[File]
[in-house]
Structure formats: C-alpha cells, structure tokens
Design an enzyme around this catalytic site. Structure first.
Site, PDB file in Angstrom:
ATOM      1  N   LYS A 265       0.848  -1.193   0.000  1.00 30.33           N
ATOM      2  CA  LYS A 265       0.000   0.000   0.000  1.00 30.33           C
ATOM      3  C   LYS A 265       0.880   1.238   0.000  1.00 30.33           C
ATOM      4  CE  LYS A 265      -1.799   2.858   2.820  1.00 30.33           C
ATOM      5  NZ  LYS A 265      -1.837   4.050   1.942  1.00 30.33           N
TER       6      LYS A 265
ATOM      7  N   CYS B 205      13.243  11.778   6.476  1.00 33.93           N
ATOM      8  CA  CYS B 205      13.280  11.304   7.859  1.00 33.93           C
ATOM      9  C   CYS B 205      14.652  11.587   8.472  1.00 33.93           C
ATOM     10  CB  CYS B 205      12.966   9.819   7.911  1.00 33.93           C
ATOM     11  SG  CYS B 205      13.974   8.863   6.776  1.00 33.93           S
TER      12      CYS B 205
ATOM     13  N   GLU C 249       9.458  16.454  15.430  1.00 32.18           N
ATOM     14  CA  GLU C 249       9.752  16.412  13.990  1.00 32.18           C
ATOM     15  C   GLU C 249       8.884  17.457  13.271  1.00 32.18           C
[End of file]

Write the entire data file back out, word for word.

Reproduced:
[in-house]
Structure formats: C-alpha cells, structure tokens
Design an enzyme around this catalytic site. Structure first.
Site, PDB file in Angstrom:
ATOM      1  N   LYS A 265       0.848  -1.193   0.000  1.00 30.33           N
ATOM      2  CA  LYS A 265       0.000   0.000   0.000  1.00 30.33           C
ATOM      3  C   LYS A 265       0.880   1.238   0.000  1.00 30.33           C
ATOM      4  CE  LYS A 265      -1.799   2.858   2.820  1.00 30.33           C
ATOM      5  NZ  LYS A 265      -1.837   4.050   1.942  1.00 30.33           N
TER       6      LYS A 265
ATOM      7  N   CYS B 205      13.243  11.778   6.476  1.00 33.93           N
ATOM      8  CA  CYS B 205      13.280  11.304   7.859  1.00 33.93           C
ATOM      9  C   CYS B 205      14.652  11.587   8.472  1.00 33.93           C
ATOM     10  CB  CYS B 205      12.966   9.819   7.911  1.00 33.93           C
ATOM     11  SG  CYS B 205      13.974   8.863   6.776  1.00 33.93           S
TER      12      CYS B 205
ATOM     13  N   GLU C 249       9.458  16.454  15.430  1.00 32.18           N
ATOM     14  CA  GLU C 249       9.752  16.412  13.990  1.00 32.18           C
ATOM     15  C   GLU C 249       8.884  17.457  13.271  1.00 32.18           C